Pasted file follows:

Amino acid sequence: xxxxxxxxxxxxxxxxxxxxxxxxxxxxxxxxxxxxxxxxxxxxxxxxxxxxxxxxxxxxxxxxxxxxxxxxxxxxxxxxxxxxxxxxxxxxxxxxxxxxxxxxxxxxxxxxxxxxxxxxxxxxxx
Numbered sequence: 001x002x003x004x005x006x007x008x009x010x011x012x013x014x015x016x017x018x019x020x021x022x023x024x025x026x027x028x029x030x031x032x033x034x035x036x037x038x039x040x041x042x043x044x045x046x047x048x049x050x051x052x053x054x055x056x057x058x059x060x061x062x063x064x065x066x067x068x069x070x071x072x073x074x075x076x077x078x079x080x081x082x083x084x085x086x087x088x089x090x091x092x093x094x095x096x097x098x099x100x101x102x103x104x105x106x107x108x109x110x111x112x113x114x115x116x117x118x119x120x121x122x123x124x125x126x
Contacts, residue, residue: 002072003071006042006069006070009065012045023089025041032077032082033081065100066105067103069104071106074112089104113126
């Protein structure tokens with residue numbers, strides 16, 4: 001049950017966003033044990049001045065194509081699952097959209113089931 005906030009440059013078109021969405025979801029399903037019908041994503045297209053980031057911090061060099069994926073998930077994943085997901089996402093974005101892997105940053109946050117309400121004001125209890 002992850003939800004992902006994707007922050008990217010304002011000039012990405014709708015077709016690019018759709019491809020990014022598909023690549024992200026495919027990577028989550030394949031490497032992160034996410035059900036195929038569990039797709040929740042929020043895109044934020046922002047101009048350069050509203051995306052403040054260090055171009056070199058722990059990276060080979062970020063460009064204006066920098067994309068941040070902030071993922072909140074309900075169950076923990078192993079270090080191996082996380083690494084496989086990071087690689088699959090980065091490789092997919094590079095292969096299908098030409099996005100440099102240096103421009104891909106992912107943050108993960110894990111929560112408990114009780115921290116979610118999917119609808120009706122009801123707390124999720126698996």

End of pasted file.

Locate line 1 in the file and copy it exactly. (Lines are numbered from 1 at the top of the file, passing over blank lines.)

Amino acid sequence: xxxxxxxxxxxxxxxxxxxxxxxxxxxxxxxxxxxxxxxxxxxxxxxxxxxxxxxxxxxxxxxxxxxxxxxxxxxxxxxxxxxxxxxxxxxxxxxxxxxxxxxxxxxxxxxxxxxxxxxxxxxxxx